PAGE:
Guest Post: Hannah Stewart on Christmas in Raven Falls

Christmas in Raven Falls
By Hannah Stewart

Raven Falls is the fictitious town in upstate New York that acts as the backdrop for my Breaking Shadows series. It was based off of Thornton Wilder’s Grover’s Corners… that is, if Grover’s Corners were dropped into a filthy, dystopian future with parallels to the French Revolutionary Era. The world of Breaking Shadows is a dark one, a harsh one, governed with a militaristic mindset. Raven Falls is a place where only the strong survive, and good people have to do bad things. But Raven Falls is also a place of hope. It’s a place to rise up from the ashes of oppression and begin again.

This dystopian future is bleak, and very different from the world we live in now, but there are some things that remain. Christmas is one of them, though it, too, is very different. Most holidays have been banned, along with music, in an attempt to subdue the people. Christmas was the exception, as it has always been a huge staple of our country’s economy every year… at least, that was the original reason. December 25th is also the only day music is allowed anywhere, which makes it a very special day for my characters. It’s a day of hope, in the midst of desolation – which, really, has always been the purpose of Christmas.

In the first book, Bold, we do not get to see what Christmas looks like in Raven Falls. However, in the next three there will be a handful of examples from various levels of society, some of which I am happy to be sharing here today!

The first picture of Christmas in Raven Falls is that of the Resnik Rebels… the old Resnik Rebels, that is. Ben and Jesse, their parents, and the small army their parents raised. For most poor commoners of Raven Falls, Christmas is a sparse and private affair. But for the Resnik Rebels hidden away in the woods of an abandoned ranch just beyond the town’s borders, Christmas is a real party. Much of the town is buried in deep, icy snow this time of year, but Jack and Sylvia Resnik keep much of their camp clear, working hard to keep preparations from halting altogether. Christmas day is nothing too special, but Christmas night culminates with a giant bonfire. The rebels are poor, and have little to give but what they’re already sacrificing in order to save their town – but that won’t keep them from having a good time. With stomachs rumbling, they dance around the fire until the light of morning comes again, singing to their hearts' content, holding hands and worshiping in their hearts. It’s simple, but it’s beautiful – and these Christmas celebrations are one of the few things Jesse can remember from before her parents and their army were stolen away.

The second picture of Christmas comes to us from Jude and his family, again when he was very young. They, too, lived on a ranch just outside of town, but they were better off than the rebels. Christmas was a day of rest, a day for Jude and his parents to come together. His father was a distant man, but on Christmas mornings he pulled out his beloved guitar and played for them. They weren’t a rich family, but each of them had at least a little something to unwrap, and Jude’s mother always prepared a wonderful dinner, complete with all of their favorites. Christmas night, however, is always one of Jude’s favorite memories. His father would hook his horse, Jethro, to their small sleigh, and the family would go for a ride beneath the stars, curled up under as many blankets as they could find, singing all the way.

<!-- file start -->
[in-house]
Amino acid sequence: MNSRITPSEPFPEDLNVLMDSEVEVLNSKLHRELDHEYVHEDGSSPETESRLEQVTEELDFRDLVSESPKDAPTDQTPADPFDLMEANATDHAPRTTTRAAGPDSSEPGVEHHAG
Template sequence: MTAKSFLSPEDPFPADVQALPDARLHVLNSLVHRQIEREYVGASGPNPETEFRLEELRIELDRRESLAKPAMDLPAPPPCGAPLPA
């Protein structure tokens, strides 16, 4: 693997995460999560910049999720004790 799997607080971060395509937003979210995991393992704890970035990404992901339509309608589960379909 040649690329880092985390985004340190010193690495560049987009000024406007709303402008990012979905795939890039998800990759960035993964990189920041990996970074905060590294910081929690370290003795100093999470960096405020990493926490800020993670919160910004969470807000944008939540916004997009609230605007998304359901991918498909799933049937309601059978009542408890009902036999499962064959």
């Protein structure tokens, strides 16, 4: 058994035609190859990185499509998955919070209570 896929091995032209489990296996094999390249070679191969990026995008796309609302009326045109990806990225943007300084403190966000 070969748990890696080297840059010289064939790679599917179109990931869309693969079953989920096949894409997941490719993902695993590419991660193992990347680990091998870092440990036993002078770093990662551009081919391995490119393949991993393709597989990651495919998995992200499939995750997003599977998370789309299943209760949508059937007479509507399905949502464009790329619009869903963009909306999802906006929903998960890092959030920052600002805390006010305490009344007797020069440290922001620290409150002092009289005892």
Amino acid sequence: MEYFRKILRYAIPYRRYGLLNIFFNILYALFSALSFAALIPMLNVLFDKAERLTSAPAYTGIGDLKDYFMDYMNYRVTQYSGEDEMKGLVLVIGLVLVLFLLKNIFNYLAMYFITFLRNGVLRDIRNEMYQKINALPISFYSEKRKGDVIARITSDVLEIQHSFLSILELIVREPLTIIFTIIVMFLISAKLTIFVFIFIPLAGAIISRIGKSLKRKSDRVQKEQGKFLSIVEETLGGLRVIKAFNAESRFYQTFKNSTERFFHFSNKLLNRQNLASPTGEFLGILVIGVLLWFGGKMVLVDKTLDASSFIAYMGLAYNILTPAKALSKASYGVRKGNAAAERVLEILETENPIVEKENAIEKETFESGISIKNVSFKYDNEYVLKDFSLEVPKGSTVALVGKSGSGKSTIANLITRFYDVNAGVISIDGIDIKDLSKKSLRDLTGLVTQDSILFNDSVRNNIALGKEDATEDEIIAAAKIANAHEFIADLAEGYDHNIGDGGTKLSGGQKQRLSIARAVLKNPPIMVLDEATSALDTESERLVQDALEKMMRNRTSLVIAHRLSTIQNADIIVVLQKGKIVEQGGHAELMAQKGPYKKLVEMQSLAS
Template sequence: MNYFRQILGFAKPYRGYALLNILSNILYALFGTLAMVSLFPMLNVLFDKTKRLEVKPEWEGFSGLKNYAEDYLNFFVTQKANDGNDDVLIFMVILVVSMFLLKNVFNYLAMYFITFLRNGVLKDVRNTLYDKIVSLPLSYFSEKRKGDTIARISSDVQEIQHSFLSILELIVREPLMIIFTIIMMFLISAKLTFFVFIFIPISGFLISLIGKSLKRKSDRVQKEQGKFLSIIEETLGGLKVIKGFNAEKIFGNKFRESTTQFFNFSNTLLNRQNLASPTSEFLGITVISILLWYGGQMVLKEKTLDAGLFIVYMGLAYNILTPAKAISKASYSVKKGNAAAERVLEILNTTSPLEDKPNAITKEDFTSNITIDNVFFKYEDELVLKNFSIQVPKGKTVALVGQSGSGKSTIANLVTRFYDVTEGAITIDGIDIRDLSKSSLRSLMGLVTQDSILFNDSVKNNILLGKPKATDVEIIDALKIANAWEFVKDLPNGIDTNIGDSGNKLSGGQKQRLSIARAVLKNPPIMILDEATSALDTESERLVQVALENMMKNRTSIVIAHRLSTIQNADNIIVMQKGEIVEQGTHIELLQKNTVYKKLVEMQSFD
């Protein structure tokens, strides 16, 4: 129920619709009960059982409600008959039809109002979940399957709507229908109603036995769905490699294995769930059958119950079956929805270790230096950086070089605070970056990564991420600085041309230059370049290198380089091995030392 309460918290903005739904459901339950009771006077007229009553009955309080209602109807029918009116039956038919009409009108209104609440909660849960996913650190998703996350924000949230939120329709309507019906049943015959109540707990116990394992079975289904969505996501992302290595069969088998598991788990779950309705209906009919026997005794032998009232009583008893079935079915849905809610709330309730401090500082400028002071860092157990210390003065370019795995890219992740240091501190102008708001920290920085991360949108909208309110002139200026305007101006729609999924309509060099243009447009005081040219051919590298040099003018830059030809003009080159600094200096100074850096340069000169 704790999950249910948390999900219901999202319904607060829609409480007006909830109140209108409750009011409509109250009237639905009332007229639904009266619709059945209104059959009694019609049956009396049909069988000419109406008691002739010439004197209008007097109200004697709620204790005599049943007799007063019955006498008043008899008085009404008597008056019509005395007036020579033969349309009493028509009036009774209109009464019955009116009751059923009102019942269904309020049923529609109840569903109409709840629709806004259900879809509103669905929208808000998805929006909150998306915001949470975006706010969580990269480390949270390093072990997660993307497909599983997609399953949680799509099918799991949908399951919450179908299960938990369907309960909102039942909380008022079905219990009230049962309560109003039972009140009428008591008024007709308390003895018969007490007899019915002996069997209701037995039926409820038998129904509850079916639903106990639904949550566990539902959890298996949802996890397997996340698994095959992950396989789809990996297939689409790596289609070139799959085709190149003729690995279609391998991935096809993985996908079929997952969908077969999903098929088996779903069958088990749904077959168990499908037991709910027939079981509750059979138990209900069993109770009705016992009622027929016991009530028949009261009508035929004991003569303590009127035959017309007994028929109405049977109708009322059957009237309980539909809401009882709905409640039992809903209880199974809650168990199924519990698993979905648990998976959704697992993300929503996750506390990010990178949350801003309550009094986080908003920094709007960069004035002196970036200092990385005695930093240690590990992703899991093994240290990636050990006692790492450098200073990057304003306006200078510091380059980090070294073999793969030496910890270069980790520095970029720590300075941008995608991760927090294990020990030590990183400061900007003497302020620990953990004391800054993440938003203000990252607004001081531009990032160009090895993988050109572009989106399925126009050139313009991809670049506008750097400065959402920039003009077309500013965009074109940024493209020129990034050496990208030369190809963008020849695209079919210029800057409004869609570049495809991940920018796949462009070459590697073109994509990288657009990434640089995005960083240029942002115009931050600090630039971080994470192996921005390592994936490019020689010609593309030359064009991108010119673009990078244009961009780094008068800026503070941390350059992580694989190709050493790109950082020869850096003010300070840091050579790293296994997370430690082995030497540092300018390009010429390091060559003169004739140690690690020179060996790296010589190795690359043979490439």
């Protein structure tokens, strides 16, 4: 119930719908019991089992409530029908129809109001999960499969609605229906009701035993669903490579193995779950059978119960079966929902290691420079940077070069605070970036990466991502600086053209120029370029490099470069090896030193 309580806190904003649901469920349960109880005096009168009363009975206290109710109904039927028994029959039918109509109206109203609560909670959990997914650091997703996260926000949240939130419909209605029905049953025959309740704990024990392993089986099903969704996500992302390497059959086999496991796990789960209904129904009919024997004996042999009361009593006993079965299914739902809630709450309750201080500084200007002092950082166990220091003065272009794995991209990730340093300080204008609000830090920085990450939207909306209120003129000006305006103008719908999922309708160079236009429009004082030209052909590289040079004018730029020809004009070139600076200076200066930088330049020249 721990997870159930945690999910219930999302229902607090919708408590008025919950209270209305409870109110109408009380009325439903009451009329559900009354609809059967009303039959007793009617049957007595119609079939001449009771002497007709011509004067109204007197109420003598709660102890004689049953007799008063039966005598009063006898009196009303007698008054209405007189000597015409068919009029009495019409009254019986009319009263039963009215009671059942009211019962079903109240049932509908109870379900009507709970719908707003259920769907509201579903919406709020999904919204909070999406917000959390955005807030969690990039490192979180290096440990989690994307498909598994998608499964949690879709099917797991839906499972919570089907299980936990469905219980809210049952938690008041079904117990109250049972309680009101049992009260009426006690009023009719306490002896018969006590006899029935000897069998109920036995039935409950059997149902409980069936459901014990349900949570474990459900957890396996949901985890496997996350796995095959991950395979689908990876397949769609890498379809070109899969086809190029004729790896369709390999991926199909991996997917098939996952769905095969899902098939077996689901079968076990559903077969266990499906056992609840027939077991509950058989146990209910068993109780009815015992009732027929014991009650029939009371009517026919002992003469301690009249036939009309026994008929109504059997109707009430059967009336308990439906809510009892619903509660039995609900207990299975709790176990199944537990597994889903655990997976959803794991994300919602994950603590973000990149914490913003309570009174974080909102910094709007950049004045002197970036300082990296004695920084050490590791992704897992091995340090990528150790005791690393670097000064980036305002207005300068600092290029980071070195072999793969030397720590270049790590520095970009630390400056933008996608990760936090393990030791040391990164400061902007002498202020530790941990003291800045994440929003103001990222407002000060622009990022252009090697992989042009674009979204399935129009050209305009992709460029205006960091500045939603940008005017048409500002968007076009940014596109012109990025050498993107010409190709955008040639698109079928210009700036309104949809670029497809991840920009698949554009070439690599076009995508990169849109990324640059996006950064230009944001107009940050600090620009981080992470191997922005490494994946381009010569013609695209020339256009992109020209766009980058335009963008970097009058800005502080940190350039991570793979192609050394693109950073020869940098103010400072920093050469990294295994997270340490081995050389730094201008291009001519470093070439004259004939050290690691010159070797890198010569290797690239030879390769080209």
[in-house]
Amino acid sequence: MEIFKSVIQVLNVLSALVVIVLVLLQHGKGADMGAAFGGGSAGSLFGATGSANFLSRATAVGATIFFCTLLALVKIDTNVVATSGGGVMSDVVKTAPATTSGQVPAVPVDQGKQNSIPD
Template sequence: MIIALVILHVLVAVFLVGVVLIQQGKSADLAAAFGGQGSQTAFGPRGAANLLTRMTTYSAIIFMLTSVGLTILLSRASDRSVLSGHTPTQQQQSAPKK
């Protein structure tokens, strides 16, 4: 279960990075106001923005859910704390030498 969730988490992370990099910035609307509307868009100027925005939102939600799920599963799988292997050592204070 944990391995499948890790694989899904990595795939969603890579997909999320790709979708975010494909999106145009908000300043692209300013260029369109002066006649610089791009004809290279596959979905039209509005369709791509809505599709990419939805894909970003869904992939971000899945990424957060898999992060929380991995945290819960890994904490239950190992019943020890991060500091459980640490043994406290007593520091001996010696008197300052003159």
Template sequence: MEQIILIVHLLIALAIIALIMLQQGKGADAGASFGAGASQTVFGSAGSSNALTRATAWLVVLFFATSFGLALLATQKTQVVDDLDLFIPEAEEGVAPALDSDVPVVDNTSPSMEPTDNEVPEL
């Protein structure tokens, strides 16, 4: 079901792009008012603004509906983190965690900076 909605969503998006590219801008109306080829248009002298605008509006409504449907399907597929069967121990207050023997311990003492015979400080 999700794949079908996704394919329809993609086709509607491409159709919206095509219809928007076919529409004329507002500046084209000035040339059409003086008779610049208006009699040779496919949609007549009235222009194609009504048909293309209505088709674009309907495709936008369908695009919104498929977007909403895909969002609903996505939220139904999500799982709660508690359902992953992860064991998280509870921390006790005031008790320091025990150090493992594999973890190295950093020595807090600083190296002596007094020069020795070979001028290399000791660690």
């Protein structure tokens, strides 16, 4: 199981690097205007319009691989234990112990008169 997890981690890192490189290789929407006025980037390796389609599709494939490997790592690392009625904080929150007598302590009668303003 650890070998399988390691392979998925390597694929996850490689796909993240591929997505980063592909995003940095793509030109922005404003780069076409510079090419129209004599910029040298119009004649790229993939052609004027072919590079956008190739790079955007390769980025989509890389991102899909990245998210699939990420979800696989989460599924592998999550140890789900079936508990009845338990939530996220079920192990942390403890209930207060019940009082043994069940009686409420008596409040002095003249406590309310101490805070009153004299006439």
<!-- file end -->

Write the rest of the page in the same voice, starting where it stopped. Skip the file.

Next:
Perhaps the most familiar Christmas scene is the one we find with Dr. Jon Mullen and his family, before they joined the Resnik Rebels. Until they gave up everything to join the rebels in the slums, the Mullens were your typical example of the Raven Falls well-to-do. Every Christmas, their townhouse would be lit with warm, flickering candles in every window, a roaring fireplace, and a small tree in one corner. Presents were abundant for each of them, especially little Charlie, and dinner was a feast of the highest quality. A few carols were traditional, but not many.

Finally, the most common Raven Falls Christmas is exemplified by Colleen and Mason’s family. Their mother has been out of the picture for years – she died in childbirth. They’re your typical street rats, living in a ramshackle shelter propped up between two crumbling townhouses. The lyrics of a certain Aladdin song come to mind when they’re involved. Their father is a jack of all trades, working any odd job he can find, while Colleen and Mason work the streets, begging and stealing when necessary. But their father always sets aside a little something for the special day, and surprises them each with a little pastry from the market. They spend the day in their cold little shelter, singing and dancing along to their father’s violin – their one prized possession.

Raven Falls isn’t a fun place, but on Christmas day, it comes alive with its people, all clinging to the little spark of hope they hold so dear. Christmas in this dystopian world isn’t the big affair we make it these days, but it’s special, and full of hope. Even with the little they have, its residents are full of faith and cheer come Christmas morning and on through the night, because they have each other, and they have music. It’s the simple things that make the heart sing, and perhaps we could all use a reminder of that going into our own various styles of Christmas celebration.

From myself and all the residents of Raven Falls, have a very Merry Christmas!


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